While we were once seen as more sacramental, both in regard to baptism and the Lord's Supper, we no longer think of ourselves as having much in common with other sacramental fellowships, like the Episcopal or Catholic churches. For instance, weekly observance of the Lord's Supper is a distinctive that makes our fellowship very attractive to former Roman Catholics, but many new churches have minimized their focus on the Lord's Supper. Some have even made it an addendum to the worship service, available after the benediction. . . . We are often accepting of typically Evangelical theology, including many aspects of Calvinism. That may result from paying little attention to theological formation among our leaders. It also might be a sign of our tendency to use the programs of denominational megachurches without paying attention to all the theological assumptions behind those programs.
            Paul S. Williams, "10 Changes in a New Century," Christian Standard

A center without a circumference is just a dot, nothing more. Without boundaries a circle could not be a circle. If the circle of faith is seeking to identify its center, it cannot do so without identifying its margins and perimeters.
            Thomas C. Oden, in Christian Century

Christ and Culture
     While no Christian tradition can prevent itself from becoming partly enculturated, the question arises, How much should Christians accommodate their faith to culture in order to speak to that culture? How can one become all things to all people without becoming no longer oneself? As evangelicalism continues to lower its doctrinal and ethical “walls” in the name of providing a user-friendly church, what is it able to offer to those who discover Christian conversion, not merely through their own experiences of God but as participants in he historic faith and practice of the church. In short, what message is evangelicalism able to give society that culture is not already giving it?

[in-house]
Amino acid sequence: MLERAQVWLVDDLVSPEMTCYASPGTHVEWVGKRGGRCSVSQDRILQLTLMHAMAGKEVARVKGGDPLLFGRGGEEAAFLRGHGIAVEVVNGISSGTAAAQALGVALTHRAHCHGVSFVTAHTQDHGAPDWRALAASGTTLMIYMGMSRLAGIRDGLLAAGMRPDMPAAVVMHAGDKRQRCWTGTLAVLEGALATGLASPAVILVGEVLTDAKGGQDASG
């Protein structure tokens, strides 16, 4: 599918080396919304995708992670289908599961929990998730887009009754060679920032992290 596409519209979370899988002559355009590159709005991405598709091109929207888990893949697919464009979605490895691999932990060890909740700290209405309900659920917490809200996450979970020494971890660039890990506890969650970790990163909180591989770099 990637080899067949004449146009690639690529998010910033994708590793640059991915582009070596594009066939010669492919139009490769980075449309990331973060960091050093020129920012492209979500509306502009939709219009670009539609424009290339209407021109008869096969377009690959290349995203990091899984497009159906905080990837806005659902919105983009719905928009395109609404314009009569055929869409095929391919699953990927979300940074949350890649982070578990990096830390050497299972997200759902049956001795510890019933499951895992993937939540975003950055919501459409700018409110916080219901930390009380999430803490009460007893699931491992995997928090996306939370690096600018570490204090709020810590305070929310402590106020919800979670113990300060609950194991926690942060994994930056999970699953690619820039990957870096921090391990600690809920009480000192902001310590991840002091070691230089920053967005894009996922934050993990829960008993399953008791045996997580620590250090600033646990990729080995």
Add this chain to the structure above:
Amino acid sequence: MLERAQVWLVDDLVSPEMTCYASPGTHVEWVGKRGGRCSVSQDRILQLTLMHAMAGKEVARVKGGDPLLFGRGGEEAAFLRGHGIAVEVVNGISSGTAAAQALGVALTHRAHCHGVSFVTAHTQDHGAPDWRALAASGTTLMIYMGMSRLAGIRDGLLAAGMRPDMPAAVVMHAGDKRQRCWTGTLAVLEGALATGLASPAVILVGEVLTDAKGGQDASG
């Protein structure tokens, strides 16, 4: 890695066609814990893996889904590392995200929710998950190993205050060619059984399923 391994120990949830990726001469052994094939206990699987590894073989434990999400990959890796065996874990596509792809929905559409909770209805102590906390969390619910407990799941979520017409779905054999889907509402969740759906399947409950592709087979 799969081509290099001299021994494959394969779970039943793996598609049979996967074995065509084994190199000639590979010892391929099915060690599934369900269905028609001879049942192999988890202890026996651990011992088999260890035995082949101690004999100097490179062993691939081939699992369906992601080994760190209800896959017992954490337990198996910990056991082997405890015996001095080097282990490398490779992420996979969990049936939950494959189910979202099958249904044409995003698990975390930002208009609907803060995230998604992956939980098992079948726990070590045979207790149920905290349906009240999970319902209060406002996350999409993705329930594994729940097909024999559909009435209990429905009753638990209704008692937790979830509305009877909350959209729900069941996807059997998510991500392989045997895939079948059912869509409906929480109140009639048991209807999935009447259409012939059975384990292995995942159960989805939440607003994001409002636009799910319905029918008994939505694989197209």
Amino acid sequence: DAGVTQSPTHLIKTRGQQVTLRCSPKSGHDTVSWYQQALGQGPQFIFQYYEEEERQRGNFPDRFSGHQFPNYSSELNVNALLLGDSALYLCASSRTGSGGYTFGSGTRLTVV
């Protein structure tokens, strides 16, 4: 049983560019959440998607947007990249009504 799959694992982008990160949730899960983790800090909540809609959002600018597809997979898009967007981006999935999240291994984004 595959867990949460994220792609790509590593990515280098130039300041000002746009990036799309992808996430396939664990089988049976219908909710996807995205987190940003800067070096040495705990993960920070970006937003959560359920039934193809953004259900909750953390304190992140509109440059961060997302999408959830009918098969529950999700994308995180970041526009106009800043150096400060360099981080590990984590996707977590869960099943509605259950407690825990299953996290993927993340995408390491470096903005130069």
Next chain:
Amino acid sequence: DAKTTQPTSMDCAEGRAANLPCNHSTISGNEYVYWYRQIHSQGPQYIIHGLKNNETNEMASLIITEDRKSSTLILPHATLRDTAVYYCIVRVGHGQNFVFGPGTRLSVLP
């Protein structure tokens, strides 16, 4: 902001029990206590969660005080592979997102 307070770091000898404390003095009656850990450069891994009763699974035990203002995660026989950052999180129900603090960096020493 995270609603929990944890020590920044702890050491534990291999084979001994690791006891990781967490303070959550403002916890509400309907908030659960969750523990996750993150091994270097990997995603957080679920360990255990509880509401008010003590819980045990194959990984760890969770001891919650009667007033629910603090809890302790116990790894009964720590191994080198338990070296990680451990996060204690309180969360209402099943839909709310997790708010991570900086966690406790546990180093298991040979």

D.H. Williams, Evangelicals and Tradition: The Formative Influence of the Early Church

Church and Society
      God help the church that so blends into society that there is no longer any difference! Such a church will produce no quality of behavior other than that which society in general produces. It will take on the prejudices of society, and even demand that its gospel support those prejudices. It will make itself a tool of society whose main business it is to protect and to dignify with divine support the best interests of its constituents. And that is stark tragedy! The end of it is a poverty-stricken church which utters no Word, states no demands, summons to no destiny--but has a host of activities you would enjoy.
           John Bright, The Kingdom of God (1953)

Church Growth
      To my mind, the greatest flaw in the church growth movement is its use of sociological fact as a thermometer for measuring Christian health. In the process, calculation is valued as faith and success is valued as fidelity, and the church is pointed more strongly toward the continuance of the world than toward its end.
      . . . it is dangerous when congregations are encouraged to justify themselves on the grounds of being sociologically fortunate or having the sociological intelligence to achieve worldly success rather than being led to examine themselves according to Christ's standards.
      What so often happens in the church's experience is that a technique of worldly effectiveness looks good and is adopted. And then, because success is the only consideration (techniques have no other purpose), the gospel message is subtly pruned, shaped, and contorted until it fits the technique.